Exact Tests Concerning ß2 and ß2p. 398
An Exact Test for the Fixed Effectsp. 401
Inference Concerning the Random Two-Fold Nested Modelp. 406
An Exact Test Concerning ß2p. 407
Inference Concerning the Mixed Two-Fold Nested Modelp. 411
An Exact Test Concerning ß()2p. 411
An Exact Test for the Fixed Effectsp. 412
Inference Concerning the General Mixed Linear Modelp. 415
Estimation and Testing of Fixed Effectsp. 416
Tests Concerning the Random Effectsp. 417
Appendix 11.Ap. 421
Appendix 11.Bp. 422
Exercisesp. 422
Additional Topics in Linear Modelsp. 427
Heteroscedastic Linear Modelsp. 427
The Random One-Way Model with Heterogeneous Error Variancesp. 428
An Approximate Test Concerning H0 : &sigma2 = 0p. 430
Point and Interval Estimation of &sigma2p. 433
Detecting Heterogeneity in Error Variancesp. 435
A Mixed Two-Fold Nested Model with Heteroscedastic Random Effectsp. 437
Tests Concerning the Fixed Effectsp. 438
Tests Concerning the Random Effectsp. 441
Response Surface Modelsp. 443
Response Surface Models with Random Block Effectsp. 446
Analysis Concerning the Fixed Effectsp. 448
Analysis Concerning the Random Effectsp. 449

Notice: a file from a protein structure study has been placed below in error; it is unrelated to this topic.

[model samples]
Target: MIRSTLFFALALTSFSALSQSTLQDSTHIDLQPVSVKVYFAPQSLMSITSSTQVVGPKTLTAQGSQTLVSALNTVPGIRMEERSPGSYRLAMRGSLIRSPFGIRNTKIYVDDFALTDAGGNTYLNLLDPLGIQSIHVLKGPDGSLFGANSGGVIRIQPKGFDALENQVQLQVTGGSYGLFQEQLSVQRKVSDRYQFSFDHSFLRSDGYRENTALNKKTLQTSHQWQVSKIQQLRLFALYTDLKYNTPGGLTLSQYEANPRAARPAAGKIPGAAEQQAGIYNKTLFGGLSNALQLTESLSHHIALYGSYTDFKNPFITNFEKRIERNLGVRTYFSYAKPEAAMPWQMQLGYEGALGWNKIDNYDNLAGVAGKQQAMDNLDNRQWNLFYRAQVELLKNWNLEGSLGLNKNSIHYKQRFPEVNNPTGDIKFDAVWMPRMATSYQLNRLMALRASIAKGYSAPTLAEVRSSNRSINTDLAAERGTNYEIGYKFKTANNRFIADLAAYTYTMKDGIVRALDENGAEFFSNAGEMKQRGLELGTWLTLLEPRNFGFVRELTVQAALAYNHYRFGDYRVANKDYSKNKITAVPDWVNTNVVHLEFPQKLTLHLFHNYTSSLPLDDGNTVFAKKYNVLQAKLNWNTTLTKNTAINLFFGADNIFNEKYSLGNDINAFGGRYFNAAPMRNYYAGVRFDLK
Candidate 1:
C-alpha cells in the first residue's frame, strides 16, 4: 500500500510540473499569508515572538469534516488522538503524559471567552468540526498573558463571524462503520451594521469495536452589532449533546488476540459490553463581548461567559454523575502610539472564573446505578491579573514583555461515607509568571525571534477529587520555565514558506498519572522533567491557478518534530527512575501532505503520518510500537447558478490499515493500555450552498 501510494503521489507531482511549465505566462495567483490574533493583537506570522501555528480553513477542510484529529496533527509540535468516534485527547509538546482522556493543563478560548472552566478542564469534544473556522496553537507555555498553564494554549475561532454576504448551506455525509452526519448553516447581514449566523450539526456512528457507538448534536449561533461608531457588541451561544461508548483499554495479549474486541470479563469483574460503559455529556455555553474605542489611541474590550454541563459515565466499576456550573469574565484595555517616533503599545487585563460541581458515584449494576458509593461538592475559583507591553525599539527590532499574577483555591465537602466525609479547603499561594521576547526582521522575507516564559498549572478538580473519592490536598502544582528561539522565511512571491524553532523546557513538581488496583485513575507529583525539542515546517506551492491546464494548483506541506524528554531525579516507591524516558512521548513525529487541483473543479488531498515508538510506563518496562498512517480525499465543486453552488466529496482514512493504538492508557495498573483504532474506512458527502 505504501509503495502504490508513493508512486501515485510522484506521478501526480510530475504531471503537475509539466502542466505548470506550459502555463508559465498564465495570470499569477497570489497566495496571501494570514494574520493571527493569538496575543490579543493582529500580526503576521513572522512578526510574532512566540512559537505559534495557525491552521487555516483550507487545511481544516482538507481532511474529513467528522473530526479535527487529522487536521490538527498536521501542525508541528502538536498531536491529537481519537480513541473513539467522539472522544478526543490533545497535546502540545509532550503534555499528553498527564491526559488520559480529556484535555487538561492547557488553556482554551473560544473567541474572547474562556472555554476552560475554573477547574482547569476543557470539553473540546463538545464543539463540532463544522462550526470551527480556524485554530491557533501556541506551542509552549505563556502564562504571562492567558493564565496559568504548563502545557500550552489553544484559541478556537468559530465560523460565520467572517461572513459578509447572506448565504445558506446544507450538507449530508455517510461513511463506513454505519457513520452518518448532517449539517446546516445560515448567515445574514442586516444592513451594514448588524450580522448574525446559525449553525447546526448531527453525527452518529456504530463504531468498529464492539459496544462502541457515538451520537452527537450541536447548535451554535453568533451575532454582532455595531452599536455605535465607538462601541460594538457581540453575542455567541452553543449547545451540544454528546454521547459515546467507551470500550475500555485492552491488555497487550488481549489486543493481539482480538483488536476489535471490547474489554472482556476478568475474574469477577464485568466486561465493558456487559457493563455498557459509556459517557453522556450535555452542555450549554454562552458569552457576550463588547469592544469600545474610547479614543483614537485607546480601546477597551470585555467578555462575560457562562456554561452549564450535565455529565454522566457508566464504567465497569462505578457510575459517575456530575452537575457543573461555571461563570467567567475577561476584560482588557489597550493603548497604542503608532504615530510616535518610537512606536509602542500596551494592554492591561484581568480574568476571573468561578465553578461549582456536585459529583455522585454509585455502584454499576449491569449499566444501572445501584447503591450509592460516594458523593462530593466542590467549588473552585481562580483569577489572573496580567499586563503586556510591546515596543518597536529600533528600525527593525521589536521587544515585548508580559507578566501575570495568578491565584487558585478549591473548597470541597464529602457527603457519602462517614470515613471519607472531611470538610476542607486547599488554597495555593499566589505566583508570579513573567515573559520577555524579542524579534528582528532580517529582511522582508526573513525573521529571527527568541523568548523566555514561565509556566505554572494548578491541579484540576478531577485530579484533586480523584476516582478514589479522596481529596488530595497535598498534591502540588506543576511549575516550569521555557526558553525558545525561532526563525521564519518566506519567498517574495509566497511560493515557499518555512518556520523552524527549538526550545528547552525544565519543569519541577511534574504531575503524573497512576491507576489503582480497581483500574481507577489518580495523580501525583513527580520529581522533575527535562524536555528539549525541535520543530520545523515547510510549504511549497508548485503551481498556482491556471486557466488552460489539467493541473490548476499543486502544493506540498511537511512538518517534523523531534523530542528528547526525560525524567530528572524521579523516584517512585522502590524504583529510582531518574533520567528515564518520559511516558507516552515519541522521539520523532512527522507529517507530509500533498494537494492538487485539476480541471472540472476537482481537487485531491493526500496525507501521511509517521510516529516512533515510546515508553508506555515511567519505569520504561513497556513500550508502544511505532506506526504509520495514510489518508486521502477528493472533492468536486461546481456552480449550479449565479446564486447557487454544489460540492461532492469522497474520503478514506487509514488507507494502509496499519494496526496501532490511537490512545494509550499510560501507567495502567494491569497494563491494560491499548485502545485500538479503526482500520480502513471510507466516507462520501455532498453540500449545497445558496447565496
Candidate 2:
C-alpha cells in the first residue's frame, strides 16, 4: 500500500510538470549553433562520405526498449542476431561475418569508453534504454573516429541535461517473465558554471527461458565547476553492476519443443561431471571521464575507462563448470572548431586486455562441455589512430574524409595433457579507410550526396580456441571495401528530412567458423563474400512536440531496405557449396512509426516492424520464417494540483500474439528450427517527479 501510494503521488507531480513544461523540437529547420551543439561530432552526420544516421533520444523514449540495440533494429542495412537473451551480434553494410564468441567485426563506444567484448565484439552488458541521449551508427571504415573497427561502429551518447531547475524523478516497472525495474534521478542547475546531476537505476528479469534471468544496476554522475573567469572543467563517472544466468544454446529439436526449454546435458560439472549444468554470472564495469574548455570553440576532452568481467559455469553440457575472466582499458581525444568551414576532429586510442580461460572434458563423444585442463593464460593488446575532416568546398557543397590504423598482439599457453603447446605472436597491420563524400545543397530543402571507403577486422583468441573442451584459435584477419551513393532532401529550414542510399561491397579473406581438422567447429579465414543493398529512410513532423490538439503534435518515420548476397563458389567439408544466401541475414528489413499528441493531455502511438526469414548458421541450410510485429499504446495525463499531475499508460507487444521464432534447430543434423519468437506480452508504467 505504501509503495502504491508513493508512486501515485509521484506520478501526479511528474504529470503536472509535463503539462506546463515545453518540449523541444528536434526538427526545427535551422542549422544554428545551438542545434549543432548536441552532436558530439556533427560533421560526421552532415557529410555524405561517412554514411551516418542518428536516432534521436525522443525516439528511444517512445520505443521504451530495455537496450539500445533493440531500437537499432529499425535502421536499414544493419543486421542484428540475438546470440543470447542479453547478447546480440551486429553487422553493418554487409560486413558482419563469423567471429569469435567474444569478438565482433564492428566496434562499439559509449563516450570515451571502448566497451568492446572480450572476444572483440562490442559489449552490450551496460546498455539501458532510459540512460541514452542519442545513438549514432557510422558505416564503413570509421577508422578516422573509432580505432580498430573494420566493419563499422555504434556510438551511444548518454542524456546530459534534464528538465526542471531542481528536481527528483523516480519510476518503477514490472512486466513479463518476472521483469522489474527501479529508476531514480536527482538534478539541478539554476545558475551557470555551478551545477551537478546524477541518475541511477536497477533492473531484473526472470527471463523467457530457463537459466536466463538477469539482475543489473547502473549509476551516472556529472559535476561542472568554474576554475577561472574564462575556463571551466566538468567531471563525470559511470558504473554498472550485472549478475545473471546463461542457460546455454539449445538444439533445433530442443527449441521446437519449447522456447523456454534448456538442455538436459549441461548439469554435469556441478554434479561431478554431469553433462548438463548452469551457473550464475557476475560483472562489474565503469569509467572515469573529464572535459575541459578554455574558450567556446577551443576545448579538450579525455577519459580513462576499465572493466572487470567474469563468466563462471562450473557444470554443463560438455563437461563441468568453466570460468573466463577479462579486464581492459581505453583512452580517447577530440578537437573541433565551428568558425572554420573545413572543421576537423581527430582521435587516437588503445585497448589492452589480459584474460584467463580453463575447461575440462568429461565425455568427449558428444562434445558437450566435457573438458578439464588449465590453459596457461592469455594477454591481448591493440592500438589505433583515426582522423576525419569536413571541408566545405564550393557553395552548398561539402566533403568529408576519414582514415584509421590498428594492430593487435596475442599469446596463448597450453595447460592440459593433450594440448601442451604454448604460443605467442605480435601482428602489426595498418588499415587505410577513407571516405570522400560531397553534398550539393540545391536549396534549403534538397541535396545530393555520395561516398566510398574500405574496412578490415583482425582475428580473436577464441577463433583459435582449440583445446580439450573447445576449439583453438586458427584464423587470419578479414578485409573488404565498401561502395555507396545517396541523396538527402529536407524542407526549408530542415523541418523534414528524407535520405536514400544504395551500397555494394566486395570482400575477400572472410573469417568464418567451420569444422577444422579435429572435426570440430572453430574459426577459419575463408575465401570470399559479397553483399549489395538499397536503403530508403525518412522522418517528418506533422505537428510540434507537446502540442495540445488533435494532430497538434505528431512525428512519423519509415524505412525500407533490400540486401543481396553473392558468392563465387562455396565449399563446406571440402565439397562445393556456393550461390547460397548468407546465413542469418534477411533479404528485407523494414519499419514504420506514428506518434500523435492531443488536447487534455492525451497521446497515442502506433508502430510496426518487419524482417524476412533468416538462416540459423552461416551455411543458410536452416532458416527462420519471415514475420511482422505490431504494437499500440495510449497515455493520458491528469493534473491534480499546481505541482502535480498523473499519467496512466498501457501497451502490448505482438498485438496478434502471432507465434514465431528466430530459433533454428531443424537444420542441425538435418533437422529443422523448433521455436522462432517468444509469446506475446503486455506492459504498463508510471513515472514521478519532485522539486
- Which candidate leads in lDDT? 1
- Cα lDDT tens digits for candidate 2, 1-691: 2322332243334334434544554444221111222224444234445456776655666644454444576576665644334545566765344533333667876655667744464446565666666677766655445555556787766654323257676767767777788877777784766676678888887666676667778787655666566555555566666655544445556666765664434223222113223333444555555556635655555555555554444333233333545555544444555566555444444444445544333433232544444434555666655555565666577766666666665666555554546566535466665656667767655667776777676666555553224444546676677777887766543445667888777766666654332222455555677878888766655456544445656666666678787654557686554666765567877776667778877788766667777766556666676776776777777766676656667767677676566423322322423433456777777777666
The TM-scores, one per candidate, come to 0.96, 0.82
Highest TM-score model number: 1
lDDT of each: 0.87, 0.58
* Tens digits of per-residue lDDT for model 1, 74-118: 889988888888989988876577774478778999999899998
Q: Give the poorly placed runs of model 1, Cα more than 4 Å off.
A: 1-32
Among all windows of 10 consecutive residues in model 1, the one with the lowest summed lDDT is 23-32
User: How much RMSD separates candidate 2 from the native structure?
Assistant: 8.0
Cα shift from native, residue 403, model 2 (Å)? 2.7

Linear Multiresponse Modelsp. 453
Parameter Estimationp. 454
Hypothesis Testingp. 456
Hypothesis of Concurrencep. 457
Hypothesis of Parallelismp. 458
Testing for Lack of Fitp. 459
Responses Contributing to LOFp. 462
Exercisesp. 467
Generalized Linear Modelsp. 473
Introductionp. 473
The Exponential Familyp. 474
Likelihood Functionp. 478
Estimation of Parametersp. 479
Estimation of the Mean Responsep. 483
Asymptotic Distribution of ßp. 484
Computation of ß in SASp. 485
Goodness of Fitp. 487
The Deviancep. 487
Pearson's Chi-Square Statisticp. 490
Residualsp. 491
Hypothesis Testingp. 497
Wald Inferencep. 497
Likelihood Ratio Inferencep. 498
Confidence Intervalsp. 499
Wald's Confidence Intervalsp. 499
Likelihood Ratio-Based Confidence Intervalsp. 500
Gamma-Distributed Responsep. 504
Deviance for the Gamma Distributionp. 506
Variance-Covariance Matrix of ßp. 506
Exercisesp. 509
Bibliographyp. 515
Indexp. 535
Table of Contents provided by Ingram. All Rights Reserved.

ISBN: 9781584884811
ISBN-10: 1584884819
Audience: Professional
Format: Hardcover
Language: English
Number Of Pages: 562
Published: 27th October 2009
Publisher: Taylor & Francis Inc
Country of Publication: US
Dimensions (cm): 23.5 x 15.6  x 3.18
Weight (kg): 0.94
Edition Number: 1